treatment for RCC with RV or IVC thrombus involves open radical nephrectomy and thrombectomy. However, with the advancement of technology and expertise in laparoscopy, there has been more and more interest in managing these tumors through minimally invasive approach. Multiple published case reports and case series have successfully described the use of pure laparoscopic, laparoscopic-assisted, or hand-assisted LRN, and venous thrombectomy.9-21 We hereby report results of our series of LRN in patients of RCC with RV and IVC thrombus along with short-term oncological outcome. The present series represents one of the largest experiences of patients undergoing LRN and venous thrombectomy for RCC with venous thrombus.

MATERIALS AND METHODS After Institutional Ethics Review Board approval, we performed retrospective record review of patients who underwent LRN with venous thrombectomy for RCC and venous thrombus in RV or IVC from 2 Canadian centers from October 2002 to February 2012. We identified 41 patients and collected their preoperative, intraoperative, and postoperative parameters (Tables 1, 2). 0090-4295/14/$36.00

Table 1. Patient characteristics (n ¼ 44) Parameter

Table 2. Intraoperative and postoperative parameters Value

Age (y), mean (range) 64.4 (46-83) Gender (males and females) 34 and 7 BMI (kg/m2), mean (range) 28.7 (20.9-42.4) Median ASA 2 Side (right/left) 20/21 Preoperative imaging CT 41 MRI 13 Doppler USG 1 Venacavogram 3 Bone scan 18 Bilateral tumor, n (%) 1 (2.4) Thrombus known preoperatively, n (%) 31 (75.6) In renal vein, n (%) 29 (70.7) In IVC, n (%) 2 (4.8) Metastatic disease, n (%) 9 (22) Preoperative Cr, mean (range) 103.5 (50-228) Preoperative Hb, mean (range) 140.4 (80-182) Previous abdominal surgery, n (%) 7 (17) Preoperative angioembolization None ASA, American Society of Anesthesiologists; BMI, body mass index; Cr, creatinine; CT, computed tomography; Hb, hemoglobin; IVC, inferior vena cava; MRI, magnetic resonance imaging; USG; ultrasonography.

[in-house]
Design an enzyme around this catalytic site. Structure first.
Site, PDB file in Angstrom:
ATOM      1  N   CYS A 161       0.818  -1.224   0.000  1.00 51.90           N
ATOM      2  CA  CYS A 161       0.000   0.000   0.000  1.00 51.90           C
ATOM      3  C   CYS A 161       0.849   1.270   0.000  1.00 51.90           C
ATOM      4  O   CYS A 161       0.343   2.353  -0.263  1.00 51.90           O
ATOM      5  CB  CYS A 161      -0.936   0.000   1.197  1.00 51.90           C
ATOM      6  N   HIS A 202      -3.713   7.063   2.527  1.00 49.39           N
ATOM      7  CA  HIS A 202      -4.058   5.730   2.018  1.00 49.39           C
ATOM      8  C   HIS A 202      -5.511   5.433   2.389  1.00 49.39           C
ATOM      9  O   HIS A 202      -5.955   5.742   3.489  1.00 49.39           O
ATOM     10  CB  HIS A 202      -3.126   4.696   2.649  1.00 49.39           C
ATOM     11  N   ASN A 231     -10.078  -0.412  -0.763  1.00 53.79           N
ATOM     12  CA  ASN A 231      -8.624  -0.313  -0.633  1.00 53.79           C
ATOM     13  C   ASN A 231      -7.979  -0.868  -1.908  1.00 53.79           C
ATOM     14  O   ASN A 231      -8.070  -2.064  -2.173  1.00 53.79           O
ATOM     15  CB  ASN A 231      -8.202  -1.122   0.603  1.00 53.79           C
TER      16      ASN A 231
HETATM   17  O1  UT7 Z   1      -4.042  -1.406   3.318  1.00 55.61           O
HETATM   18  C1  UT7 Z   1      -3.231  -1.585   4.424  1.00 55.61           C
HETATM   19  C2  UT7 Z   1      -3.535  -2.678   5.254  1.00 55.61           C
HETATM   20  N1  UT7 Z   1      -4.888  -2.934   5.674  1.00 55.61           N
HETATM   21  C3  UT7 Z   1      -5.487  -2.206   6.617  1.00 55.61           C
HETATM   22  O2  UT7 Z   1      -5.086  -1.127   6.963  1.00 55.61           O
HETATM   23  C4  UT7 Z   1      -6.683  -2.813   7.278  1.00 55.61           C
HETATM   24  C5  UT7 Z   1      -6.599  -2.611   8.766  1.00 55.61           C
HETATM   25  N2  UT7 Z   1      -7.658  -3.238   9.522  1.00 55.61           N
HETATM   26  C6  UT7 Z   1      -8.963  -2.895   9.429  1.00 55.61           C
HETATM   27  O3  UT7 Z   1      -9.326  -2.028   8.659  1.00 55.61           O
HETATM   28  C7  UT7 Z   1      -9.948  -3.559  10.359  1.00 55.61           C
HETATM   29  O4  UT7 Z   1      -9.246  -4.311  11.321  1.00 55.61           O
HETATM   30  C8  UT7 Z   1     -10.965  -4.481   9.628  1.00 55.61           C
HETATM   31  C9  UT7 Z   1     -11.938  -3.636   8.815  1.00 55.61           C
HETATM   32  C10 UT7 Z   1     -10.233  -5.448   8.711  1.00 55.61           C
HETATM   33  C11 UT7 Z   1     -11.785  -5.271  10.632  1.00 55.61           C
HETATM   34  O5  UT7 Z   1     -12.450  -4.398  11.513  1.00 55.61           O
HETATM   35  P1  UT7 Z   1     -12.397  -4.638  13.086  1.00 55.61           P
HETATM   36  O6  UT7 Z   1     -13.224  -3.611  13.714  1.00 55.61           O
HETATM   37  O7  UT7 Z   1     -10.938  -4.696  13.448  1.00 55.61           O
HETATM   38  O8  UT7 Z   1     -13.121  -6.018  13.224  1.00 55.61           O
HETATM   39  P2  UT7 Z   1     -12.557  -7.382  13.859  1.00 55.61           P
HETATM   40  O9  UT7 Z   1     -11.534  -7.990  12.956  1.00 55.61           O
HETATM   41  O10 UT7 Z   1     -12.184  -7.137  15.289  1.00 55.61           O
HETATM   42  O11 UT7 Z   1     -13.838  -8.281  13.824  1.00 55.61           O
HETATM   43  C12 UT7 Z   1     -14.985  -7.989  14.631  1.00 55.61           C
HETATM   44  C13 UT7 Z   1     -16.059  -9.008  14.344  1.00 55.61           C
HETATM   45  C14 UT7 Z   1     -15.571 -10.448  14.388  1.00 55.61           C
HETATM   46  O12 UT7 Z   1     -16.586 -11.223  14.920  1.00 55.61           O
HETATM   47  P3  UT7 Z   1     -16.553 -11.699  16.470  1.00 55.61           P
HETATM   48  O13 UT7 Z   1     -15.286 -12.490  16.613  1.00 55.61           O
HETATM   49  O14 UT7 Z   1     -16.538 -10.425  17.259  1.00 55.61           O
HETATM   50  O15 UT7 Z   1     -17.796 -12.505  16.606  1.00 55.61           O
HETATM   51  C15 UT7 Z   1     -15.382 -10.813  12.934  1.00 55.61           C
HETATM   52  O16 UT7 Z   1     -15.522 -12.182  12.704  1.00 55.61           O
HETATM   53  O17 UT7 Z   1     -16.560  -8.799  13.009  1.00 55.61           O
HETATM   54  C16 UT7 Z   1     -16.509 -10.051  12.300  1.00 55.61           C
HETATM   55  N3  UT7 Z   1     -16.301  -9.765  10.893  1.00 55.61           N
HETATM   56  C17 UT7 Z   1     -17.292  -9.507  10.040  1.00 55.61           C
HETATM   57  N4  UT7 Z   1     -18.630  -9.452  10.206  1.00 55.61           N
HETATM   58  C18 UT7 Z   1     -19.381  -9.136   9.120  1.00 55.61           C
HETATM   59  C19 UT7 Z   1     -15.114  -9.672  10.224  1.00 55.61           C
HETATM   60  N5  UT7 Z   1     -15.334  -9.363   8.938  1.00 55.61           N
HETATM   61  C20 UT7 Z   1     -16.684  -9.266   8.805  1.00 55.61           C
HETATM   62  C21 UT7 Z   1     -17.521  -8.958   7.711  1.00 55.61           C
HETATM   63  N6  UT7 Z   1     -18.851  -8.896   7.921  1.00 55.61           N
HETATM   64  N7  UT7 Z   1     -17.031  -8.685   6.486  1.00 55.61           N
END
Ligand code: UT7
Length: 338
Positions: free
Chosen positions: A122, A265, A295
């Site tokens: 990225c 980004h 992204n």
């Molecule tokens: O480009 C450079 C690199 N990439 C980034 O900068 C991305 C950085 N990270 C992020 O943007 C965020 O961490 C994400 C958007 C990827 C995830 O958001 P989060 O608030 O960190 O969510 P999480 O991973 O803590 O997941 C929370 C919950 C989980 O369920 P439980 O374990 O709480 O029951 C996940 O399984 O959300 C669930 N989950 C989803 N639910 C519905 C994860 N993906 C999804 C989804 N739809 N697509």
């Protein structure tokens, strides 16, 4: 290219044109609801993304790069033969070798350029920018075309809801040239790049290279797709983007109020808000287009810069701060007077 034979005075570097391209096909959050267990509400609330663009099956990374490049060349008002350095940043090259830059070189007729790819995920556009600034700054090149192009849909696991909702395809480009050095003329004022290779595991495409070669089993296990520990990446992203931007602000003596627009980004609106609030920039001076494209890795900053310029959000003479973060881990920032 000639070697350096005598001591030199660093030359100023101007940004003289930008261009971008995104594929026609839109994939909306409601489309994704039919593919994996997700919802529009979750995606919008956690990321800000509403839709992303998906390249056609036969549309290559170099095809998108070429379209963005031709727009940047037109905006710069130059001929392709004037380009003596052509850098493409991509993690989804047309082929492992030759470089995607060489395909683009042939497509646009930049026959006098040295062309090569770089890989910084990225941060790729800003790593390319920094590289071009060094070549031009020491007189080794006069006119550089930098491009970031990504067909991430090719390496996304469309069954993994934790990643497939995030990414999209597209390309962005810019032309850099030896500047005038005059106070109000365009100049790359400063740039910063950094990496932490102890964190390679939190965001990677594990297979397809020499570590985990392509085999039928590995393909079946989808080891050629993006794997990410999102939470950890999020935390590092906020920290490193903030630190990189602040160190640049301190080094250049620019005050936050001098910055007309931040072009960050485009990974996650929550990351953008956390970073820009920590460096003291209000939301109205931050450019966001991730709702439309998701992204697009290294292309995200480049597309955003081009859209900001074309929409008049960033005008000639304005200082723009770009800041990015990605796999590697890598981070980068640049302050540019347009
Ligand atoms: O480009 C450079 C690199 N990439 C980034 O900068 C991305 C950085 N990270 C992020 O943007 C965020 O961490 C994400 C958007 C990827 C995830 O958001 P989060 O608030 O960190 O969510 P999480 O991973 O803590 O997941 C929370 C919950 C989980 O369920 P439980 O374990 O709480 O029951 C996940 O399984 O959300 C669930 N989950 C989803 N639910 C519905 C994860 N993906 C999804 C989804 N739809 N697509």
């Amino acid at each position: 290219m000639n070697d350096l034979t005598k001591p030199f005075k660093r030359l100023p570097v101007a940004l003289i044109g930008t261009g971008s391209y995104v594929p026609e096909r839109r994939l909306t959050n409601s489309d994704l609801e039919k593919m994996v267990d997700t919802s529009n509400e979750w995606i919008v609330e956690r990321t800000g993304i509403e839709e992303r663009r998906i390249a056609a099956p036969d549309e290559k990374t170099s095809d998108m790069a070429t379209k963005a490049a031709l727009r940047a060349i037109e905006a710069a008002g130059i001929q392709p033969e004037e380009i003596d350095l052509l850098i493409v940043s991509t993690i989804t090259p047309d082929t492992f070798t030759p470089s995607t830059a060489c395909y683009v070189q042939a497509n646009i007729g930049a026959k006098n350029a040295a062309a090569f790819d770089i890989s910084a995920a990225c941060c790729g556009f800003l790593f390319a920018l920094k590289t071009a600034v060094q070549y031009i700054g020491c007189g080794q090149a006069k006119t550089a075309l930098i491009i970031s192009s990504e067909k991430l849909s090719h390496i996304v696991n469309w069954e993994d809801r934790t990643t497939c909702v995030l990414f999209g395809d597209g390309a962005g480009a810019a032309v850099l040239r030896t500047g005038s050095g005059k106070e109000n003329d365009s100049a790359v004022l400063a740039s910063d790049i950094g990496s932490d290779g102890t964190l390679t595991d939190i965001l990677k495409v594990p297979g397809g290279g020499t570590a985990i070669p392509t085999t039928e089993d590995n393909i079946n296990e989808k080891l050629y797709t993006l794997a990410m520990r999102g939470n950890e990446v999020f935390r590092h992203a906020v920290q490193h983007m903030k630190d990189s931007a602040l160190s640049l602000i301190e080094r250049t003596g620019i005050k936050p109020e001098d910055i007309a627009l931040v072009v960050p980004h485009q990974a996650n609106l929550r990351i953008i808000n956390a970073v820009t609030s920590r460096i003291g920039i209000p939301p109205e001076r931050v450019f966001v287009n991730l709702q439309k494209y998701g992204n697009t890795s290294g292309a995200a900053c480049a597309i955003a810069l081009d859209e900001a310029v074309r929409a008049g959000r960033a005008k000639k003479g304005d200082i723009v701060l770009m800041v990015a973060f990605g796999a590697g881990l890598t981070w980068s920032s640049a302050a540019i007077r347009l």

A standard transperitoneal laparoscopic approach was used with early control of renal artery. This was followed by milking back of thrombus into the distal portion of the RV using standard laparoscopic vascular clamps to make space for the division of RV using Endo-GIA stapler (Covidien Surgical, Mansfield, MA). With this technique, a minimal space of 1 cm is needed to adequately apply the Endo-GIA stapler. In using this technique, care has to be taken not to put the stapler on the side of the vena cava, with the theoretical possibility of splitting the staple line. In such cases, reinforcement of the staple line with intracorporeal caval suturing is recommended. In 3 patients, intracorporeal caval suturing was done to repair the IVC after applying a laparoscopic Satinsky clamp (Karl Storz, Tuttlingen, Germany) on the IVC and shaving off the specimen at the junction of the RV and IVC. In these patients, there was no space to place the Endo-GIA stapler, because there was less than 1 cm from the tumor thrombus margin to lateral border of the IVC. We therefore placed a single Satinsky clamp on the IVC through a separate 10-12 mm port. The IVC was repaired using an intracorporeal 4-0 Prolene (Ethicon, Somerville, NJ) suture in continuous double-layer fashion after shaving off the RV containing the tumor thrombus with laparoscopic scissors. Before dividing the RV, a large clip was placed on the distal vein to prevent back bleeding. The radical nephrectomy was then completed in a standard manner. The specimen was then placed in an Endo-catch bag and removed through port-site expansion. In 1 patient with RCC with IVC thrombus, the kidney was mobilized laparoscopically along with ligation and division of renal artery, leaving the kidney attached only by RV containing tumor thrombus extending into the IVC. A small subcostal incision was then made directly over the junction of the RV and IVC. We took control of bilateral RVs and IVC (above and below the thrombus) through the same incision and repaired the IVC after complete removal of thrombus along with the specimen. We did not consider this as open conversion because a subcostal incision was made just large enough to extract the specimen; otherwise, a much larger incision (chevron or UROLOGY 83 (4), 2014